Pig on a factory farm

UK banks could be investing your money in animal cruelty



Animals deserve to live their lives free from pain. However, UK banks are likely to be investing your money in companies that inflict immense cruelty to animals on factory farms.

Factory farming is the biggest threat animals face, inflicting terrible cruelty on billions of animals across the world.

It is also an existential threat to people and the planet: factory farms are a dangerous breeding ground for the next global pandemic, and drive environmental destruction, fuelling our climate crisis.

There is a global urgency to make systemic changes for animal welfare and a better future. That’s why we are asking ten high-street banks that operate in the UK to, as a minimum, make clear public commitments to meet the FARMS Responsible Minimum Standards for animal welfare, through the FARMS Initiative.

What is the FARMS Initiative?   

The FARMS Initiative is a collaboration between World Animal Protection, Humane Society International and Compassion in World Farming, which developed the Responsible Minimum Standards (RMS). This is because they saw a need for global animal welfare standards that financial institutions could use to “encourage and support meat, fish, milk, and egg producers, and other companies in the supply chain, towards meeting the Responsible Minimum Standards (RMS) with respect to how farm animals are raised, transported, and slaughtered”.  

What are the Responsible Minimum Standards (RMS)?  

The RMS are a series of specific farmed animal welfare global standards for six species: beef cattle, chickens raised for meat (broiler), dairy cattle, laying hens, pigs, and farmed fish. These standards represent the minimum conditions needed to ensure that farmed animals within factory farming systems have a life worth living. In terms of animal welfare, “a life worth living” is where positive experiences and emotions are not outweighed by negative ones. In practice this means banning all cages, giving animals enough space, using slower growing breeds, ensuring they get natural daylight and an environment where they can carry out their natural behaviours such as rooting and dust bathing.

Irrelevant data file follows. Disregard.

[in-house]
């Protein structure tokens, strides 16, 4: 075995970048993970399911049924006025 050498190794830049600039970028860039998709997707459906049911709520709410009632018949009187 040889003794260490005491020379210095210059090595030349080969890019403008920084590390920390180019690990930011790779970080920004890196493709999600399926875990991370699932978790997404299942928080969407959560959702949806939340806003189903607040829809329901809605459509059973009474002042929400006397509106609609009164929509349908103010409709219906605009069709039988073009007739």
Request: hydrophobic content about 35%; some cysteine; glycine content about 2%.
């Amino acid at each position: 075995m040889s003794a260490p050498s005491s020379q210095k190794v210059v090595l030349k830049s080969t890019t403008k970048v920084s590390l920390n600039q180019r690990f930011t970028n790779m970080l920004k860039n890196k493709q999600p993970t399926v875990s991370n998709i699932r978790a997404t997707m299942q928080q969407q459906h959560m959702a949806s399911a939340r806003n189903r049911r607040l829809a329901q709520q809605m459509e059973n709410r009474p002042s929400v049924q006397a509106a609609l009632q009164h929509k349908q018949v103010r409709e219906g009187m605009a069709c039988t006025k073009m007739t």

Why should banks adopt FARMS? 

Financial institutions are increasingly recognising the need for ‘responsible banking’ which considers environmental issues, social issues, and corporate governance in their banking decisions. By strengthening their own investment policies and making clear public commitments to meet FARMS, banks can use their power to influence and engage the companies they finance to improve their practices and uphold animal welfare standards.  

As customers of these banks who care deeply about animal welfare, we know animal welfare plays a key part of your day to day life. You support organisations like World Animal Protection, you look out for welfare standards when buying food and go the extra mile to care for your pets, including ensuring they receive necessary veterinary attention. But how would you feel if you knew your bank was using your money to support an industrial-scale system of suffering?  

Here’s what you can do to demand higher animal welfare standards from banks:

A group of mother pigs at feeding time. Production of animal feed is worsening the climate crisis.

Read our Banking on Welfare report

The report assesses the policies of ten UK banks on criteria concerning the biggest animal welfare issues today, including factory farming.


Send an email to your bank

Send an email to your bank and tell them to put in a place a dedicated animal welfare policy to ensure animals get the best protection.

A light-blue credit card being held in someone's hand

How to switch banks

If you are thinking about switching to a more ethical bank you can read our most recent blog on switching banks.

High welfare pig farm, UK

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